Recession hits "pretty grim" EU states in the east
PRAGUE (Reuters) - The Czech Republic's economy shrank for the third quarter in a row and Romania fell back into recession from January to March, as the euro crisis and government austerity hammered domestic demand and squeezed exports across central and eastern Europe.
Flash gross domestic product estimates for the European Union's emerging states also showed Hungary had contracted in annual terms for the first time since the height of the global economic crisis in 2009.
The data in all three countries was worse than forecast by economists in Reuters polls, prompting many to say it could intensify debates in those countries' central banks over whether to cut interest rates despite a need to keep investors interested with high risk premiums.
They also warned that the figures had come before early indications of a decline in manufacturing across the region at the start of the second quarter.
"It's pretty grim. The worst part is that it shows output in large swathes of the region was contracting even before the most recent escalation of the euro crisis," said Neil Shearing, an emerging markets economist at London-based Capital Economics.
"So I expect the second quarter is going to be worse."
Romania, the European Union's second poorest economy, slipped back into recession, shrinking 0.1 percent versus the previous quarter due to a devastating cold snap and snow storms that shut down production in January and waning demand for its exports in the euro zone.
The Czechs, whose government has cut spending and hiked taxes to slash its fiscal shortfall to the EU's 3 percent of GDP ceiling this year, suffered a much worse-than-expected drop of 1 percent versus the previous three months.
It was the third straight contraction in what the central bank has forecast could be a five-quarter recession.
Hungary, whose right-of-centre government is trying to launch talks with the European Union and International Monetary Fund for an aid loan backstop, shrank 1.3 percent.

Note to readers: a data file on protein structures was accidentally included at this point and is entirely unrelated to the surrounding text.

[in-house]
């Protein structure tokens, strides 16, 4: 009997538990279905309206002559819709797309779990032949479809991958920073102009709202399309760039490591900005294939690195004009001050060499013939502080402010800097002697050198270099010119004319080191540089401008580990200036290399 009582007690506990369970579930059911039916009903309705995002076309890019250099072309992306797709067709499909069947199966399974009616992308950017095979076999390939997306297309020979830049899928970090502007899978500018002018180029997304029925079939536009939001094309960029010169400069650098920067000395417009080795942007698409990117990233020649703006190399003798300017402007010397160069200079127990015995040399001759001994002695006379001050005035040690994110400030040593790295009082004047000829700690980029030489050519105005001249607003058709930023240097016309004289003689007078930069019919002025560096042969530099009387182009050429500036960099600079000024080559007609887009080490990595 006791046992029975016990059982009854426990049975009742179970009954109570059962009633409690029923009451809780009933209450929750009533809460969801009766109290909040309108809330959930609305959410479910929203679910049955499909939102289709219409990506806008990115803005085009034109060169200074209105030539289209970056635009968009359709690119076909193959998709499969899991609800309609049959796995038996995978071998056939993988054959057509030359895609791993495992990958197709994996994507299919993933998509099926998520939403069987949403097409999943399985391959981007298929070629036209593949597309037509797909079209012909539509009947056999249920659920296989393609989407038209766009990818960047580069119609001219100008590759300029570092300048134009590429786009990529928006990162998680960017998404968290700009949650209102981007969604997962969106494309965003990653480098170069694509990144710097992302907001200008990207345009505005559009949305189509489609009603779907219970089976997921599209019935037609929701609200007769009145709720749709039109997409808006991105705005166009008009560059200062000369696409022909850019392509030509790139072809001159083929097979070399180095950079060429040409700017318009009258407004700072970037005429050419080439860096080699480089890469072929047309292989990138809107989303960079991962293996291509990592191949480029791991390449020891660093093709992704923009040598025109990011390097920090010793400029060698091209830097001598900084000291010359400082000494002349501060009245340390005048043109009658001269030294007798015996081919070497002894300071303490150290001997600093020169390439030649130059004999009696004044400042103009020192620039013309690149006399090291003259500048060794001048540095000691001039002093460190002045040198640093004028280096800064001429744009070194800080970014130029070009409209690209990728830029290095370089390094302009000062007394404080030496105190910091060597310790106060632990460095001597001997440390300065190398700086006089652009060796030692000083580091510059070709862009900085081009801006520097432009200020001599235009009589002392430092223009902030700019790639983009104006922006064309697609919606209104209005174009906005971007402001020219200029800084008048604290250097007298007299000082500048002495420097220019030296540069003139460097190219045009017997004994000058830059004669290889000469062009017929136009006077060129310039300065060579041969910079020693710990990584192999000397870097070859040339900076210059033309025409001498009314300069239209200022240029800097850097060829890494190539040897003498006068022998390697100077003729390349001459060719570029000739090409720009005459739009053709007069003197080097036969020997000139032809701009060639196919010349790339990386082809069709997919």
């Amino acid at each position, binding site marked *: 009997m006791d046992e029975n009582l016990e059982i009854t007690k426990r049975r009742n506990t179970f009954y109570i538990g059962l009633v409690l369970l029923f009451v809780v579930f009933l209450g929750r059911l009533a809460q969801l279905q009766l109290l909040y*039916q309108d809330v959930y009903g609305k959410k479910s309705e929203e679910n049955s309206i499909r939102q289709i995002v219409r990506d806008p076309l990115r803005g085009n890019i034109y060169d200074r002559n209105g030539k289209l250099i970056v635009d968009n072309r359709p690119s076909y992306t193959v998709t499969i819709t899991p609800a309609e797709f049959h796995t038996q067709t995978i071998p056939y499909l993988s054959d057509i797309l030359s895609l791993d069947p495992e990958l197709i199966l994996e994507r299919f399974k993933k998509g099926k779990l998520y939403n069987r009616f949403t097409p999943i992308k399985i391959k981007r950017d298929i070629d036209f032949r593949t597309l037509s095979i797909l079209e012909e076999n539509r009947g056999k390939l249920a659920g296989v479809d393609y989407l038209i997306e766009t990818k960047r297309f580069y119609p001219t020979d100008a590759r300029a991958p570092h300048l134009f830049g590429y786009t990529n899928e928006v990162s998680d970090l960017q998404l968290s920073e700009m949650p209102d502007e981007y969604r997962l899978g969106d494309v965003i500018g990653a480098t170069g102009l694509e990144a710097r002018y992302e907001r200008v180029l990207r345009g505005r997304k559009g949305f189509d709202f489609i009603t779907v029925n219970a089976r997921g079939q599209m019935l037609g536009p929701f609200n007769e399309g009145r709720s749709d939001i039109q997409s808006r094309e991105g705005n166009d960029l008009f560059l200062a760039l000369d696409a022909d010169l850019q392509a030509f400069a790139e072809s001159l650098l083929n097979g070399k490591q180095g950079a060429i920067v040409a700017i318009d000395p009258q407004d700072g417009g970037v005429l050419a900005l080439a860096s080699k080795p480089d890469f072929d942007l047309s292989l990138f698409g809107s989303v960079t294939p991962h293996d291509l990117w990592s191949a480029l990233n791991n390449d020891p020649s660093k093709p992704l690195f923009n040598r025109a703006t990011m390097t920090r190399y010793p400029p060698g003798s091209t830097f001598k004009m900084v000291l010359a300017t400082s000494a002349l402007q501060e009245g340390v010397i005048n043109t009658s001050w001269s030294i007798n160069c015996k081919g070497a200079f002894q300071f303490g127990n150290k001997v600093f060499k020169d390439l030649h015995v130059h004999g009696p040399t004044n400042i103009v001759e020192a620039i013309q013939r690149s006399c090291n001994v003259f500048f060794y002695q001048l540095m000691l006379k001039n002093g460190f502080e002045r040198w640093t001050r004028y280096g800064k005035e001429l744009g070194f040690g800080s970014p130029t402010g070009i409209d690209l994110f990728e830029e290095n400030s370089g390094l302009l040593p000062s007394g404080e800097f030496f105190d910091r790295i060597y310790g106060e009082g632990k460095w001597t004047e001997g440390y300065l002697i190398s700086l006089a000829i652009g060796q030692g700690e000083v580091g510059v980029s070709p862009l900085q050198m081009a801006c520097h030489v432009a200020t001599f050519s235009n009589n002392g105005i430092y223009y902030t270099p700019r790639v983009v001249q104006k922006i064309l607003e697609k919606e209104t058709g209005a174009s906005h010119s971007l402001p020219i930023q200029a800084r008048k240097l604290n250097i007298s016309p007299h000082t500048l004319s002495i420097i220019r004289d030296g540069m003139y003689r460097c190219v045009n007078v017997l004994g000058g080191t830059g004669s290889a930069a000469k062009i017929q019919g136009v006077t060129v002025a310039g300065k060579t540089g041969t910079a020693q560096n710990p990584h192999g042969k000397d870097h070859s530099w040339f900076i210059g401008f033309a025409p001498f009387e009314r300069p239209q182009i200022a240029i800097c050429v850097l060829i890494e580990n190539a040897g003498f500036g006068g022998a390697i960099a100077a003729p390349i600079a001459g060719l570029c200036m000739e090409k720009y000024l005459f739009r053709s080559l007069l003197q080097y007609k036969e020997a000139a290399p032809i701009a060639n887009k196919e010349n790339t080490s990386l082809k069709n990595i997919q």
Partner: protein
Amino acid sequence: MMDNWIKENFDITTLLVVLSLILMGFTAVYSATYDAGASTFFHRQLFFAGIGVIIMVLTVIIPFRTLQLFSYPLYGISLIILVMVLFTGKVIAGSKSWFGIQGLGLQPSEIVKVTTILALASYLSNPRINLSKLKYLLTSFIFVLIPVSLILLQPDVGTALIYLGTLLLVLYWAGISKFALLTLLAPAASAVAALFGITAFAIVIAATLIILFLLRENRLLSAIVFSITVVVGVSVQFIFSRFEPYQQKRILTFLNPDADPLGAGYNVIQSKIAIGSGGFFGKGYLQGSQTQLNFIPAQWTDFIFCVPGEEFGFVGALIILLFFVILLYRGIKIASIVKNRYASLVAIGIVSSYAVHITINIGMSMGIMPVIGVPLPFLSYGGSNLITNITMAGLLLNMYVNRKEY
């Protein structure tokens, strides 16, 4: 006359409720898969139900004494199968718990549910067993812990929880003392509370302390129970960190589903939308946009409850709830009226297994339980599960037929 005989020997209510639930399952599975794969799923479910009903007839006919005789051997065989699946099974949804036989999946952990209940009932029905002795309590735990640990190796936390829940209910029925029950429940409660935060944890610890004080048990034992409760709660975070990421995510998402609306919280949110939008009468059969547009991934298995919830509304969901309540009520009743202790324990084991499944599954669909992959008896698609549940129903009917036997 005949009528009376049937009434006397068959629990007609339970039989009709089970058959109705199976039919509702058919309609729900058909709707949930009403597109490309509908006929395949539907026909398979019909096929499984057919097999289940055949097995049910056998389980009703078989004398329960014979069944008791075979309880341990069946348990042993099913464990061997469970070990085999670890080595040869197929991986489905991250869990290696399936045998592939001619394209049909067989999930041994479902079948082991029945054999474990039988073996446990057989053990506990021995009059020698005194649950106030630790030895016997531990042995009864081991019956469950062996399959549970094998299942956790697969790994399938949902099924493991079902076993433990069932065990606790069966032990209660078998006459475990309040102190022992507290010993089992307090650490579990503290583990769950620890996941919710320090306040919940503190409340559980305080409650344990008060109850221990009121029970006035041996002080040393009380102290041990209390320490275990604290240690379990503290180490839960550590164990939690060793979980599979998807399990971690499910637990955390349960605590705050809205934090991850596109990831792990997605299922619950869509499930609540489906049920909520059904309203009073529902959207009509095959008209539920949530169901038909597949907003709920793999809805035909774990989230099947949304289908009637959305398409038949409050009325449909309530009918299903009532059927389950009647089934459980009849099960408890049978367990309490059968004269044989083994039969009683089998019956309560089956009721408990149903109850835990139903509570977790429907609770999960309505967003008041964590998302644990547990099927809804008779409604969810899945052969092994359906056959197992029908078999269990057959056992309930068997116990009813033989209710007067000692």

The second time since the middle of last year, following stagnation from October to December, it did not meet the technical definition of recession, which is two consecutive quarters of shrinkage.
But analysts said the fourth quarter could be revised to a multiple-quarter slide and the government's forecast for stagnant growth this year could be threatened.
"Sadly, we have fallen into recession. The second-quarter figure is likely to be bad too," said David Nemeth, an analyst at ING Bank in Budapest.
Bulgaria, also hit by freezing weather and the euro zone slowdown, stagnated from the previous quarter, while its annual growth rate slowed to 0.5 percent.
The only country to buck the trend so far was Slovakia. The euro zone member state grew by a faster-than-expected 0.8 percent versus the previous quarter following the opening of a new production line at the country's Volkswagen plant that is gradually boosting production.
Poland, the region's largest economy and the only country not to fall into recession during the crisis, will release its first quarter GDP on May 31.
Europe recession map: link.reuters.com/zat87s
The data indicated a gathering storm of negative influences was taking a toll on the region.
Although exports were strong at the start of the year - crucial for countries such like Hungary and the Czech Republic, where sales abroad make up 80 percent of output - growth in that sector declined in March.
Manufacturing data from the forward-looking Purchasing Managers' Index (PMI) also slipped below the break even level in those two countries and Poland in April.
In Romania and Bulgaria, where pre-crisis booms were fuelled by a huge inflow of foreign banking capital that boosted domestic consumption, foreign banks have been reducing their exposure, causing declines in lending that has hit growth.
And governments have tried to slash costs, either under an IMF loan program such as in Romania, a threat from the European Commission for exceeding its deficit rules for Hungary, or a belief in the Czech and Slovak governments of the need to slash budget deficits to prevent borrowing costs rising.
That has put consumers on the defensive and hit investment both by governments into infrastructure and businesses into expanding their activities.
It could threaten growth targets in struggling countries, ranging from stagnation in the Czech Republic and Hungary to sub 2 percent expansions in Romania and Bulgaria.
And in turn, it could put pressure on those government's plans to reduce their budget deficits, as lower growth usually translates into lower tax revenues.
"The numbers are very disappointing as the first quarter was always meant to be the strongest quarter of the year," said Nomura emerging economist Peter Attard Montalto. "And particularly with the crisis intensifying in Europe, it probably shows that we need to substantially mark down 2012 GDP forecast for all open economies, like Hungary, Czech, and Romania."
(Additional reporting by Jana Mlcochova in Prague and reporters in Bucharest, Budapest, Bratislava and Sofia; Editing by Jeremy Gaunt.)
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